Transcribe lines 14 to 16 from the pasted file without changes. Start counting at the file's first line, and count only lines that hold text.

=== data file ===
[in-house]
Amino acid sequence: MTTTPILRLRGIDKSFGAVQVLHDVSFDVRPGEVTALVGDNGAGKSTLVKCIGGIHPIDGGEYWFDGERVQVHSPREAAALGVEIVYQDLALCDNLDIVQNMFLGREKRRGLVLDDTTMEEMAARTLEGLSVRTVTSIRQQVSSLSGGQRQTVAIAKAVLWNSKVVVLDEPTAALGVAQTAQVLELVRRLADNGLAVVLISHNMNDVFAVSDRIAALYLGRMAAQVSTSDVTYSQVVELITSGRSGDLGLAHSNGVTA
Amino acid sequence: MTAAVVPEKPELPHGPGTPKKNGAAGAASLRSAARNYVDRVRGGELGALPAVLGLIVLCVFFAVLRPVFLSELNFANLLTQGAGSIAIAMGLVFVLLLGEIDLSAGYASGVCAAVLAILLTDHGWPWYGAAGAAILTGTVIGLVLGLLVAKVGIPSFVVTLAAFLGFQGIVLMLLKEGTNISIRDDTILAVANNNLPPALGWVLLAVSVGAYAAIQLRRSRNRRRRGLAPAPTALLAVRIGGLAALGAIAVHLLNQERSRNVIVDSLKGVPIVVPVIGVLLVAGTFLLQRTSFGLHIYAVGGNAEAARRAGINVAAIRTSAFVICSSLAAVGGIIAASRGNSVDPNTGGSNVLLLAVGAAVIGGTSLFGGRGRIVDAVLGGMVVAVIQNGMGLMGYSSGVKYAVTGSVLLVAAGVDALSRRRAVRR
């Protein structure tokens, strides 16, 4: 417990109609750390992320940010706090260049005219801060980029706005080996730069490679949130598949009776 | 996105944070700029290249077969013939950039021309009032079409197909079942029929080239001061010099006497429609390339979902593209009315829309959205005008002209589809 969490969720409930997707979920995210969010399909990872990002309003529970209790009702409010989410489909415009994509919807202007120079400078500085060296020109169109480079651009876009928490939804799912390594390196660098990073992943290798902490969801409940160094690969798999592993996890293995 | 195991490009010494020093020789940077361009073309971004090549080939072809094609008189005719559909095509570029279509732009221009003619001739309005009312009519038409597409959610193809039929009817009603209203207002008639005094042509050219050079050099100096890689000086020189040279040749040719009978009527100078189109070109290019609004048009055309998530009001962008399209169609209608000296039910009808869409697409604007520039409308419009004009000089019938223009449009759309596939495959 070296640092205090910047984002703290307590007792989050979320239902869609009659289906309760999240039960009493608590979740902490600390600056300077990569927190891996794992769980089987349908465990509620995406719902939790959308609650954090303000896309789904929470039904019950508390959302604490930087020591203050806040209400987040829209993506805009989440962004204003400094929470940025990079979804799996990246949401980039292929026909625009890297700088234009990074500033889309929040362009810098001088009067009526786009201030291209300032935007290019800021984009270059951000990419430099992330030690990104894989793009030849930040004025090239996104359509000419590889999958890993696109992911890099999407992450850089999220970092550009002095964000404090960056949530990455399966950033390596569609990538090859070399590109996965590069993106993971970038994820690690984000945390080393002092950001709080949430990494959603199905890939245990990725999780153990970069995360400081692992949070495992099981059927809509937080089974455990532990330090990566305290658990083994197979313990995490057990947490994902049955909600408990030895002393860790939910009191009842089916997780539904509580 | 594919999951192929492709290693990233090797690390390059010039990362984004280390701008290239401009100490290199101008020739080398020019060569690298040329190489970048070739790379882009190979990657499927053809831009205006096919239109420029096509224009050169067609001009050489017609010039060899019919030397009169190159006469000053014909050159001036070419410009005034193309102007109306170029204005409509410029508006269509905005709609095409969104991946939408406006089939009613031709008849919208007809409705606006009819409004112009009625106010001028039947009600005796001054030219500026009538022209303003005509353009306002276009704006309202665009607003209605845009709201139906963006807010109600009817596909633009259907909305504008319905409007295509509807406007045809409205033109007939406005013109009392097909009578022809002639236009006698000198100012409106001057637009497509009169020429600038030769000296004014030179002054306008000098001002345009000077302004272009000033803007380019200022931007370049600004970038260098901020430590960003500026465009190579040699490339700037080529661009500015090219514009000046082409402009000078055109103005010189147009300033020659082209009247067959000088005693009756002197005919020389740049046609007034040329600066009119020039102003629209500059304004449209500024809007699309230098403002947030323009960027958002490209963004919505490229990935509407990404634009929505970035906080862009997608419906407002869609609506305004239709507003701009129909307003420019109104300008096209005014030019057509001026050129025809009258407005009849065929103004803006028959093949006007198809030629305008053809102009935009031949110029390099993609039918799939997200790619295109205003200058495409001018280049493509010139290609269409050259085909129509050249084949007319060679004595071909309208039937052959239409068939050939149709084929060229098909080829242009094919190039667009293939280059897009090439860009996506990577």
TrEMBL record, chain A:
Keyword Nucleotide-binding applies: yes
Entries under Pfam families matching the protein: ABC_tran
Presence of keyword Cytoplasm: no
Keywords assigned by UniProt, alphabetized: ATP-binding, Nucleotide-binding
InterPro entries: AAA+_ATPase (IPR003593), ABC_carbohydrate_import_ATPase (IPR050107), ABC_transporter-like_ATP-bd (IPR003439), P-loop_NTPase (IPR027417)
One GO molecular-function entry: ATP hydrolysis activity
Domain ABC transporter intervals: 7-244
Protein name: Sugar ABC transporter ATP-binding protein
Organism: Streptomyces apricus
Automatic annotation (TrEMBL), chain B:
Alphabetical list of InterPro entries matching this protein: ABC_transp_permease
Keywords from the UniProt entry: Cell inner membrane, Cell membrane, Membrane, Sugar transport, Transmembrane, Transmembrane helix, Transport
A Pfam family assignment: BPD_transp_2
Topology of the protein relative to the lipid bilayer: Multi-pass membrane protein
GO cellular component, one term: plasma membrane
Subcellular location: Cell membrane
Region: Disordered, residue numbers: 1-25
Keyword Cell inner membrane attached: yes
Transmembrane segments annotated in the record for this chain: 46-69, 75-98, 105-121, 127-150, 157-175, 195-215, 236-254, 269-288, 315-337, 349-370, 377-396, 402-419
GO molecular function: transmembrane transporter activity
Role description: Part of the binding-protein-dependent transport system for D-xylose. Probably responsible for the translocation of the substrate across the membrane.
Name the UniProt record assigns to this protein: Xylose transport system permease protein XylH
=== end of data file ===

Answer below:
Organism: Streptomyces apricus
Automatic annotation (TrEMBL), chain B:
Alphabetical list of InterPro entries matching this protein: ABC_transp_permease